It appears to me that shipping, not actual production of games, is a new long pole in the tent. Not surprising given the lack of air transportation worldwide. I know that many games are not airshipped, but the maritime shipping, rail, and truck industries are picking up other cargoes that air shipping used to handle leading in turn to a general slow down of those transportation modes. If you look close even Amazon Prime is sometimes backordered.
How about the look ahead to August? Here are what games may be in play (pun fully intended).
First, my Preorder & Kickstarter GeekListsits at 23 games. Of the three carry-overs from July (One Small Step, Shores of Tripoli, and Undaunted: North Africa) there is a good chance that all but Shores of Tripoli will deliver in August. Of the remaining 20 games:
French & Indian War 1757-1759 (Worthington Publishing): Kickstarter Wargame. From a July 29 Update– “The ship carrying both CRUSADER KINGDOMS and FRENCH & INDIAN WAR will hit the port in New York Auugust 13. We should expect for us to receive the games within 2 weeks of that barring a customs snag. Thats means it is possible we may be shipping the last week of August, and if not then the first week of September!!!”
Looking ahead to the end of the year, it is possible that as many as eight or nine of the games on my current Preorder & Kickstarter GeekList could deliver. Like I said before, that would not only be good for me, but more importantly good for the gaming industry.
IT IS PAINFULLY OBVIOUS THAT CORONAVIRUS ADVERSELY AFFECTED THE HOBBY GAMING INDUSTRY. I have yet to hear of a game company that has gone under but it’s easy to see the stress many are operating under. As the economy starts recovering from coronavirus shutdowns more game production is coming back. Looking at my Preorder & Kickstarter Roll on BoardGameGeek, it looks like July may be a VERY good month for a return to gaming!
Of the 27 games I list on 28 June, there is a better-than-even chance that as many as nine (9), or 33%, could deliver or otherwise fulfill in July. These include:
One Small Step (Academy Games, 2020) – Kickstarter Boardgame. An update from mid-May stated that shipping in July was expected. I have not seen an update since. Academy Games does not have the best track record for keeping to timelines but that negative is more than compensated by the top-quality game that usually ends up being delivered.
Philadelphia 1777 (Worthington Games, 2020) – Kickstarter Wargame. A late June update reported the game is arriving at the freight-forwarder and Worthington expects to take possession early in July and start shipping immediately.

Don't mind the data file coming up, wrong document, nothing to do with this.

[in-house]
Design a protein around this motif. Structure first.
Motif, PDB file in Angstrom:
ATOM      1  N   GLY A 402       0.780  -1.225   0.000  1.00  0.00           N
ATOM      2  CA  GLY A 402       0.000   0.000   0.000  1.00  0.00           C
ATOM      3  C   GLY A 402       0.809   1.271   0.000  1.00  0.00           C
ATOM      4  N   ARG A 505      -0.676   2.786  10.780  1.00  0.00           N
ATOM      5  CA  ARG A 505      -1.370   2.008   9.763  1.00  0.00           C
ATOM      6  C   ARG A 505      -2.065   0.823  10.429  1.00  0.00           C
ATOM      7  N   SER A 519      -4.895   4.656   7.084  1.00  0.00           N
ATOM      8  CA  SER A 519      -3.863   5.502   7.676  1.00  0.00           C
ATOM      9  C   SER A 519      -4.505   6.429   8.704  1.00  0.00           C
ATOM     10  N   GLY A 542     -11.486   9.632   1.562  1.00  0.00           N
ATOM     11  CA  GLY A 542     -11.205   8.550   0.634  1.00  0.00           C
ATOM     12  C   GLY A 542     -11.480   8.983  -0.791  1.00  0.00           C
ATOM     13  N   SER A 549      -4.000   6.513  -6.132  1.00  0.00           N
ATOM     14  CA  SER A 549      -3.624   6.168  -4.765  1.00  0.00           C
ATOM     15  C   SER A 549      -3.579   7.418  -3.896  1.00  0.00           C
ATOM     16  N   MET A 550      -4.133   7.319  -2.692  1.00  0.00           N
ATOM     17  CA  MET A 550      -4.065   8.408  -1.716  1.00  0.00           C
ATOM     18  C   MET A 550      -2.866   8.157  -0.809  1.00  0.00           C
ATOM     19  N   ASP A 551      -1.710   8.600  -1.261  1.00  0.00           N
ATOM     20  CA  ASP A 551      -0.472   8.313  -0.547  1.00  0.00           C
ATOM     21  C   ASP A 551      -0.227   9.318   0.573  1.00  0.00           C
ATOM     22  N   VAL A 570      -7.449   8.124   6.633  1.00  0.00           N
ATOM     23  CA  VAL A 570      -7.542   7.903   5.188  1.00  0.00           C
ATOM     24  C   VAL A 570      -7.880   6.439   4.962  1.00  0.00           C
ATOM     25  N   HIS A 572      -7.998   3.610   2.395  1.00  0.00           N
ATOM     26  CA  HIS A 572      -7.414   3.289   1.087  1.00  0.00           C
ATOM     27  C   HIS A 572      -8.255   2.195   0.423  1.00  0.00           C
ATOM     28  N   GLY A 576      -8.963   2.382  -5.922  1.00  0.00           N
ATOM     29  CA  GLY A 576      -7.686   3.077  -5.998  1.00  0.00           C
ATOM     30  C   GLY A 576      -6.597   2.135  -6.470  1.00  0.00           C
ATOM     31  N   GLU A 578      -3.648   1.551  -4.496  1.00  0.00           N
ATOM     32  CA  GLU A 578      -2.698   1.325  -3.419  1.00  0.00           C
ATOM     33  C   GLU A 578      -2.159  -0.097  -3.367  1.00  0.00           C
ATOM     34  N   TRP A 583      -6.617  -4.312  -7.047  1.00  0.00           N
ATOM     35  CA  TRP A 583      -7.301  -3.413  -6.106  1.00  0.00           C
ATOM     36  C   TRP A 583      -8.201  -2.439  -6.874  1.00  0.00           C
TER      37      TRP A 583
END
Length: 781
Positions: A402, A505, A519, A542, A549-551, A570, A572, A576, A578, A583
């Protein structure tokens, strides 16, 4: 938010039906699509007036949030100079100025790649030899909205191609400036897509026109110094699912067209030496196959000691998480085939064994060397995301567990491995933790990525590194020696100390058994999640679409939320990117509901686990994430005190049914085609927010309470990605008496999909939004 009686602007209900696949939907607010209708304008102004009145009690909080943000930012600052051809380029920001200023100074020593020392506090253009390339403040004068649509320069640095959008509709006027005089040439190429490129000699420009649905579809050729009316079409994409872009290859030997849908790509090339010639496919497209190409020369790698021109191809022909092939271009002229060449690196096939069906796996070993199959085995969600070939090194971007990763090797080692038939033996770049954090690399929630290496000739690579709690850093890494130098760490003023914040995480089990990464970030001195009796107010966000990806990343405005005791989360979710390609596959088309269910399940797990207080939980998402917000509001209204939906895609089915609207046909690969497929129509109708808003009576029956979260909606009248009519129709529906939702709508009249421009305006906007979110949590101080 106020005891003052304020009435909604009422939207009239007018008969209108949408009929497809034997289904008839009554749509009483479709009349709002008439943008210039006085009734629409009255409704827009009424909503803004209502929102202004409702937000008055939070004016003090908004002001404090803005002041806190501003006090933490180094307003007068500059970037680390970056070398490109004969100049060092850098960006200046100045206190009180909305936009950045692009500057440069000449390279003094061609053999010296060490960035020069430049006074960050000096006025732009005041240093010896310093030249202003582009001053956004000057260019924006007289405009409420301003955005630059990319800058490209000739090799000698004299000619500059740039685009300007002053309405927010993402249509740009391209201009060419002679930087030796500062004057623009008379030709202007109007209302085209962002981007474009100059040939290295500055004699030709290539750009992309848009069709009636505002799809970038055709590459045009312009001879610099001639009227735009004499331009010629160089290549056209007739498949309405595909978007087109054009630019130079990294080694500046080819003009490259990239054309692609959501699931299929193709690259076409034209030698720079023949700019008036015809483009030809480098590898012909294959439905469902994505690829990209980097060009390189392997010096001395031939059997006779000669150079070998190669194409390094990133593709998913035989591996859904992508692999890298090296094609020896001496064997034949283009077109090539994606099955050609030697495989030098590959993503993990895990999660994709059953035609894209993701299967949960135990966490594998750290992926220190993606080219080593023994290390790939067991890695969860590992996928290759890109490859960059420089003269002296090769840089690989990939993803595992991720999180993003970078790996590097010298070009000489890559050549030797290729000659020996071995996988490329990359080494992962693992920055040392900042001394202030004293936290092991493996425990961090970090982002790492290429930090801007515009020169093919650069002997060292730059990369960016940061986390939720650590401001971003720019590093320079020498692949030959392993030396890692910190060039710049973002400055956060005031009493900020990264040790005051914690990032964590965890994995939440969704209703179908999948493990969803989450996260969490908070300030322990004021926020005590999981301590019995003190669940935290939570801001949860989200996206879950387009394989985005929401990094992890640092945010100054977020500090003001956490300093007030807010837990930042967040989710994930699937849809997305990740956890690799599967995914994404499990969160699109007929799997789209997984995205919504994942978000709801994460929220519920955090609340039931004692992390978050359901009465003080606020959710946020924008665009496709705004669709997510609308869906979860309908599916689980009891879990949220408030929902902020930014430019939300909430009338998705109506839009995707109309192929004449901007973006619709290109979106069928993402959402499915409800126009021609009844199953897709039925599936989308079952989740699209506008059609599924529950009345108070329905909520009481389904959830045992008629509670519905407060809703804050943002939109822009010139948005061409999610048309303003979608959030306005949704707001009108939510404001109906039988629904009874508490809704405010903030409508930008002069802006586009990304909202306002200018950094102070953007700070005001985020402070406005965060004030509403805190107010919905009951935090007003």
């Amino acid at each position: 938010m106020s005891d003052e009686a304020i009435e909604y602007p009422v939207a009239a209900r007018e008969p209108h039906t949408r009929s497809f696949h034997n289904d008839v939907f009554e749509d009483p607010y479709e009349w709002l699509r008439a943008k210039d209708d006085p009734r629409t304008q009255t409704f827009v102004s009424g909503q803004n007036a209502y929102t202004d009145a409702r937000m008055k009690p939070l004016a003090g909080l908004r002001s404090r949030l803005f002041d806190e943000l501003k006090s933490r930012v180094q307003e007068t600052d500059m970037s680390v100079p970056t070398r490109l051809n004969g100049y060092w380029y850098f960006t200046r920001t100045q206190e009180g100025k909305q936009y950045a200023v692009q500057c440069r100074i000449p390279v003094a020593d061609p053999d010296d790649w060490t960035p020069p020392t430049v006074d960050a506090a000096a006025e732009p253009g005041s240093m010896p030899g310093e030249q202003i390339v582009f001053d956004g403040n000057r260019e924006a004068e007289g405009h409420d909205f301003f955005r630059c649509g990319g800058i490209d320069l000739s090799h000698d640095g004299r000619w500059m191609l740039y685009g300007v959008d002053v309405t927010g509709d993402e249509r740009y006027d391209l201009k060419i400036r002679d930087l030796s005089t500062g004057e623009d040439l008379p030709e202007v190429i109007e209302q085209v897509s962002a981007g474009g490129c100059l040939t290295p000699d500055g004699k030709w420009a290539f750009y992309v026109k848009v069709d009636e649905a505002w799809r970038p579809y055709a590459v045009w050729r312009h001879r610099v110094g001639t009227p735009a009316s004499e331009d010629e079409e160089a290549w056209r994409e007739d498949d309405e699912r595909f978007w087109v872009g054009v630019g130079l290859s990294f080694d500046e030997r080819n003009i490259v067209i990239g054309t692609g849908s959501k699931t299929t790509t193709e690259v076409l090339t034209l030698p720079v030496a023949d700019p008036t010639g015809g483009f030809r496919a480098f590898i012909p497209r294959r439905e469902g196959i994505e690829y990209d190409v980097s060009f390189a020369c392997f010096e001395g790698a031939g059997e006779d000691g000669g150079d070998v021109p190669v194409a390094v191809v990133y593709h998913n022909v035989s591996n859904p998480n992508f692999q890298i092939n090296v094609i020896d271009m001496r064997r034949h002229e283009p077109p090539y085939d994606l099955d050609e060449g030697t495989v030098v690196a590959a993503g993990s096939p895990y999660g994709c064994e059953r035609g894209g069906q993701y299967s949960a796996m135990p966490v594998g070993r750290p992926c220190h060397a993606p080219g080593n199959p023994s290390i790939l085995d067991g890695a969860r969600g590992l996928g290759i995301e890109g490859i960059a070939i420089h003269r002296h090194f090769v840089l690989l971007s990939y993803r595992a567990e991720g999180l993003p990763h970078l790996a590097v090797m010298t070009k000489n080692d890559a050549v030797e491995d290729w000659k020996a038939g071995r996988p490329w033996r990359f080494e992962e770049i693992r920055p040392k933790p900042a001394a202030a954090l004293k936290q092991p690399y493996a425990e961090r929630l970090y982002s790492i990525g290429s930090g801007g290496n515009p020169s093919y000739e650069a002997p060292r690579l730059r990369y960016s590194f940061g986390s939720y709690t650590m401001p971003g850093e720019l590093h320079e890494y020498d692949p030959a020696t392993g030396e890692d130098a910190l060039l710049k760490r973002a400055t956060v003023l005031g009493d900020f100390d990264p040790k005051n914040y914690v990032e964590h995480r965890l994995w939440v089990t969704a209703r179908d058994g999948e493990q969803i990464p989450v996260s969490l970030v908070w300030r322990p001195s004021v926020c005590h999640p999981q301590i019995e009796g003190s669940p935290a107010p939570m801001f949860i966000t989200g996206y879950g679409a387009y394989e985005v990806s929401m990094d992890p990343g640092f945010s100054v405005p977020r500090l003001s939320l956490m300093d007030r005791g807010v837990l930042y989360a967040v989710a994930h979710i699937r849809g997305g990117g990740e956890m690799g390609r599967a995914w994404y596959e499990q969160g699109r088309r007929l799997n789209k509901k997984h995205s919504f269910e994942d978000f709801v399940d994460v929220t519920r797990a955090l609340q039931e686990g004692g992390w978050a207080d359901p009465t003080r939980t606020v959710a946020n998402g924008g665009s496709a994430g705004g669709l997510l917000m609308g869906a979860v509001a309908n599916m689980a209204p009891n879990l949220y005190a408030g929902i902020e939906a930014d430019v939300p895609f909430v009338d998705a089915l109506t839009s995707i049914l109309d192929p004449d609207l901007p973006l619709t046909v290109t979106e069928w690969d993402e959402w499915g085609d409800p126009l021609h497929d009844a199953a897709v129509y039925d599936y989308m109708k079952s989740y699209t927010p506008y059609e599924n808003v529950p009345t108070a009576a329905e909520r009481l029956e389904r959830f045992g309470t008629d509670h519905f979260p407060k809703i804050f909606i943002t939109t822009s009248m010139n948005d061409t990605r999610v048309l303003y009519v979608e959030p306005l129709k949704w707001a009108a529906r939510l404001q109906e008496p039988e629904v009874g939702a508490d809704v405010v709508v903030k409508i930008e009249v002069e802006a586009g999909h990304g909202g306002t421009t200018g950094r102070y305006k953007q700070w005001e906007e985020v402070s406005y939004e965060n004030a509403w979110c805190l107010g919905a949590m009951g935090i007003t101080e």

Heights of Courage: The Battle for the Golan Heights, October 1973 (MMP, 2013) – Sale Wargame. Bought as part of an amazing MMP sale in June. Having never ordered before from MMP I don’t know how fast they usually fulfill orders and realize coronavirus restrictions may be slowing them down. I had hoped to have these games in hand before July but it looks like they will not arrive until after the new month starts.
Looking ahead to the end of the year, it is possible that as many as half of the games on my current Preorder & Kickstarter list could deliver. That would not only be good for me, but more importantly good for the gaming industry.
The Shores of Tripoli is a card-driven war game that plays in forty-five to sixty minutes. One side takes the Americans, who try to stop the Barbary pirates and perhaps even send the Marines in to take Tripoli. The other side takes the Barbary pirates and capture as many merchant ships as possible or even take on the frigates on the American navy.
As a naval guy at heart, a game about the Barbary Wars deeply appeals to me. What appealed to me even more is the fact Kevin is offering a print-n-play playtest kit to anyone who asks. I took Kevin up on his offer and have been messing around with the game.
I have a love-hate relationship with playtesting. I love to do it, but I hate that I always seem to never have enough time to provide feedback to the designer. I try to do what I can but it never seems enough given the generosity of a designer to share their design with me before it goes primetime. Thus, I was actually a bit hesitant reaching out to Kevin for a playtest kit.
But I am glad I did.
The Shores of Tripoli is not ready for primetime, yet; but the core of what could be a very good game is there. The Fort Circle motto is, “Creating fun, easy to learn, historical board games.” What I have played so far is fun. With some rule book polish it could be easy to learn. The game looks to be a fun exploration of the lesser-known history of the period.
I owe Kevin some feedback. I have a commented version of the rules ready and I am going to send it to him. Not that my feedback is anything special. I am not a technical editor nor a game designer by training or education. But Kevin is putting his heart out there in this game and from what I have seen it’s worth my time to try and help him get this game going.
If the topic of The Shores of Tripoliappeals to you and you want to help a fellow gamer then reach out to Kevin and help him get this game out there. The topic and approach is a good fit and soon enough you may have a fun, easy to learn, historical board game on your table.